I sit down to write these words, and the holy of the day is beyond me. No great study of scripture or meditation comes to mind. There was hardly time to slow, let alone pray, and yet …

Yet, I think, there was holy in there, too. Yes, there was. Not the holy of great ceremony. The holy, instead, of small ordinary. The holy of giving thanks for pancakes, and hugging an away boy who made it home for the day, and preparing food, and teaching babies, and massaging a husband’s sore arm.

These small holies, these are what I’m noticing today.


Day 6 of 31 Days of Noticing Stuff. To see all the posts in this series, click the link at the top of the page.


We used to do church at the pig farm.

Our family, their family, and a bunch of boys between us. A gathering, scripture, sharing ideas, sharing a meal … a morning that sometimes stretched to an evening.

We were pretty young then, with the children small and all, and it was a sweet year-and-a-half of fellowship without much obligation. I suppose sometimes it was hard on us, just being us, but mostly it was restful. A church sabbath, in a way.

I remember moving to the new town, and the number of times I was told this: Now you will have a real church to be a part of. I remember the anxiety of those words. I didn’t really want a real church. I liked the simplicity of the pig farm.

I think of it sometimes, in the middle of a busy Sunday.

I don’t know if our pig farm church would have been a long-term option. Maybe, if we’d stayed, we’d have found a “real” church to be part of, eventually. Sunday School and sermons and ladies class.

But, I know the pig farm was what I needed, when I needed it. And it was very, very real.

Maybe I read too much, or not enough. Or, maybe I think too much. Or, you know, not enough. I’m not sure.

I’m seeing much out there these days about the challenge of church (however you define that) to meet the needs of people, mainly young families. Most of the stuff I’m seeing is talking about church as a local body of believers who gather together for worship on Sunday mornings. Traditional, corporate church, I suppose. Sermons and Sunday School.

And the stuff I’m reading is about how hard it is for families with young children to participate in these settings. Kids fuss, make messes, clap, cry, squeal, misbehave. Parents struggle with the dilemma of keeping them in the assembly or taking them out. Or even, staying home till the kids are older and more cooperative.

Carter sleeping through church at camp

Carter sleeping through church at camp

I get it. I really do. I remember it, clearly.

I remember the time I was asked to bring toy cars instead of toy dinosaurs for my boys to play with, as the dinosaurs bothered an older woman who sat behind us.

I remember the Sundays upon Sundays when my husband was at work and I spent my time wrestling with a toddler and a baby and who knows what the sermon was about.

I remember leaving early, in tears.

I remember bringing hot dogs and potato chips to potluck.

I remember chasing a defiant two-year-old through the empty pews at the front of the church, in full, humiliating view of the watching worshippers on the back pews.

I remember being asked not to bring Cheerios into the sanctuary, and to take my dirty diapers home with me, and to please come and get my crying child from his toddler class.

I remember sitting in the cry room, zombie-mom, while my toddler systematically emptied the toy box and my baby nursed, and how disconnected I felt from whatever I thought church was supposed to be. I remember getting up, and leaving the mess, and walking out the door of the building, strains of Leaning on the Everlasting Arms growing faint behind me.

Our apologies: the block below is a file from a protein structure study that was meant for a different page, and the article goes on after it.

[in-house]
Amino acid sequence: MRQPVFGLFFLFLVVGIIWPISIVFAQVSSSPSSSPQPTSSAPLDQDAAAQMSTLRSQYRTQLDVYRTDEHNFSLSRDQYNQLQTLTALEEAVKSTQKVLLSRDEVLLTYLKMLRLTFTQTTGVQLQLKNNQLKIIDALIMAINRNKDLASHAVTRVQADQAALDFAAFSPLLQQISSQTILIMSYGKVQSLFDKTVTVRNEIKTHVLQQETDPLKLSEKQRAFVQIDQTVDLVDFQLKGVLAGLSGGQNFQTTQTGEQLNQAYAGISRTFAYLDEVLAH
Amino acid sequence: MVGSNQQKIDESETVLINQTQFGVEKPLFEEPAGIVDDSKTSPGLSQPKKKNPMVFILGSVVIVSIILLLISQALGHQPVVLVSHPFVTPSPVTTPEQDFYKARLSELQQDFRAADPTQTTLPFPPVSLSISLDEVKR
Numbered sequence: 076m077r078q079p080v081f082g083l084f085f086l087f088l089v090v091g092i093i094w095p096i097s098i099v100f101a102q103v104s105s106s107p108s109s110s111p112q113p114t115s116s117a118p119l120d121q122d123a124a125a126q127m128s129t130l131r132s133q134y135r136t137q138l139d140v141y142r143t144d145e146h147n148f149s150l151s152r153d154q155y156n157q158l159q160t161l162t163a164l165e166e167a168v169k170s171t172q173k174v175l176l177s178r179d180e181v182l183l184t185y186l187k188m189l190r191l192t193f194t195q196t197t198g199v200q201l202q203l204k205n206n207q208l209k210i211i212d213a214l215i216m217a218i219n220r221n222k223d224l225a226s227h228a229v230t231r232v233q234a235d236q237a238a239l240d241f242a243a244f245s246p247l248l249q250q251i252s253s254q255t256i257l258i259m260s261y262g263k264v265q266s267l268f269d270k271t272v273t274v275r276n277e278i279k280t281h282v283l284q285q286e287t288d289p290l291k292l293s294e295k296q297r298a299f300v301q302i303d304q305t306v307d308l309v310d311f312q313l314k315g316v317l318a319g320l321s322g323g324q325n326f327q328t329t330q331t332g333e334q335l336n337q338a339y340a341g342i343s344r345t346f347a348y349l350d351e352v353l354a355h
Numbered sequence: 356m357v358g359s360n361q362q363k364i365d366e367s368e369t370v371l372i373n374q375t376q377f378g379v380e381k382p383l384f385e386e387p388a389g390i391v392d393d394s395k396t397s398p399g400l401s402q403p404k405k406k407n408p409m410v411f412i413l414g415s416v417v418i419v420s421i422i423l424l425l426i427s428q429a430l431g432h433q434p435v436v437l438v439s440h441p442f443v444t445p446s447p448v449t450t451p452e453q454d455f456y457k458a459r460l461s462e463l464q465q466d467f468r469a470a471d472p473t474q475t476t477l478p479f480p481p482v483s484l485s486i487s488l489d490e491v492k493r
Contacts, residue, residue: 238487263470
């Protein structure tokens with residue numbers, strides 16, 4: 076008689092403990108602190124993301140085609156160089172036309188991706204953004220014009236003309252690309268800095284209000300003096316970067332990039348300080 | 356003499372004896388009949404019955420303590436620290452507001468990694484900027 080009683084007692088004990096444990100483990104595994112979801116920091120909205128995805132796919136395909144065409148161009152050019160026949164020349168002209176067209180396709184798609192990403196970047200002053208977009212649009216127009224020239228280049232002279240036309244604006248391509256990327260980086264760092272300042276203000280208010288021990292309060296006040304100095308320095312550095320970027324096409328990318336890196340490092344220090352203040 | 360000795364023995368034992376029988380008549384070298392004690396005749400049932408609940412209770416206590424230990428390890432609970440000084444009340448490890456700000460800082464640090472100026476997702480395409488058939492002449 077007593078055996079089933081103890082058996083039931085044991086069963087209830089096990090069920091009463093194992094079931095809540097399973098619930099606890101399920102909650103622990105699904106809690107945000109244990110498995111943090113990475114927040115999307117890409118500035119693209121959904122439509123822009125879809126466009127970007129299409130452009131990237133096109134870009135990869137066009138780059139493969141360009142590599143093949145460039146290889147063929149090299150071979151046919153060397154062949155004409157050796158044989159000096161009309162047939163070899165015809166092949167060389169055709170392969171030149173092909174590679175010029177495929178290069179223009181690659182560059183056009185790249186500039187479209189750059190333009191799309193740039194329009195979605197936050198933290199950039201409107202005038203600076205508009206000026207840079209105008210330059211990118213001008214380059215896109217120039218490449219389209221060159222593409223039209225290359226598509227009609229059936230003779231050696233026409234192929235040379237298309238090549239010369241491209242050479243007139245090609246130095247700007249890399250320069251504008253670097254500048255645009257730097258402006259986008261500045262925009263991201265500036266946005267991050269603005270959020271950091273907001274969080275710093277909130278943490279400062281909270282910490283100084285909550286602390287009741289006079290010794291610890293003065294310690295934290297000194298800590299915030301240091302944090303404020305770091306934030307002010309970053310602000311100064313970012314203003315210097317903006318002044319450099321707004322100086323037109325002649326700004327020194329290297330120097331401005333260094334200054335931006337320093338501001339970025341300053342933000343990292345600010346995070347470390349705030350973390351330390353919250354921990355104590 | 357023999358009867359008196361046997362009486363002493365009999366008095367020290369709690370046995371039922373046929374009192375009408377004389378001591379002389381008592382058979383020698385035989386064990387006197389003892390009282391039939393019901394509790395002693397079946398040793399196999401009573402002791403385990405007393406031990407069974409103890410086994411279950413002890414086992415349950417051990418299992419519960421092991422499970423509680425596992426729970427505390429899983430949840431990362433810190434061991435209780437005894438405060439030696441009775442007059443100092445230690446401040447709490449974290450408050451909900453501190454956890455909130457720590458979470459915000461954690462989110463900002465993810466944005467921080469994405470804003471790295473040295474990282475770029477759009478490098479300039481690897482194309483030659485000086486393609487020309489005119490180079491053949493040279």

It’s a ridiculous time, this time of raising small children. Ridiculous and challenging and exhausting, and church can seem like an insurmountable Sunday morning mountain to climb, week after week.

Climb, climb up sunshine mountain, faces all aglow … not.

So, what is a church to do?

Here’s the thing. Here’s the hard reality. There’s not much a church can do. I mean, there are children’s programs and the cry room and all …

But, just like in the grocery store, or on a plane, or at your house, if your child is upset or loud or fussing, there’s probably little I can do to help you.

I can shoot you sympathetic eyes. I can offer to take your baby. I can smile at you as you take the screaming toddler to the back of the sanctuary, and I can put my hand on your shoulder as I walk by you on my way to the bathroom as you are walking the halls with your kid who can’t sit still.

I just don’t know what else I can do, except to say, I understand. I love you. I love your baby. I love that you are trying. I love that your children are making noise, and mess, and being cute, and talking in the quiet, and shouting Amen at the end of  every prayer.

Bring all the toy dinosaurs you want. And fishy crackers or Cheerios or apple slices. And those toys that ding, they’re okay, too, if that’s what it takes. And if you are in and out of the room a hundred times, it’s fine.

And know that church, like anything, is challenging for all of us. Trying to be family. It’s hard. As a mom of teens, or a single person, or a young adult, or a widow, or the pastor’s wife. There are mountains to climb, whether you are wearing a baby sling on the journey, or riding a skateboard, or using a walker.

I don’t know what to tell you, except to hang in there. Like parenting in general, parenting at church is a day-by-day, messy, mistake-making, grace-requiring, hand-holding journey.

And when we fail you, and we will, know that it’s hard for all of us at times. And we’re all doing the best we can.

The coyotes are singing up a storm this morning, and as I step out onto the front steps to wave a goodbye to my husband I watch that hawk the kids were telling me about winging low and stealthy over the yard, sending the ladies high-tailing it for the chicken coop. They fight each other for entrance through the gate and mill about inside the fence, anxious and fussing.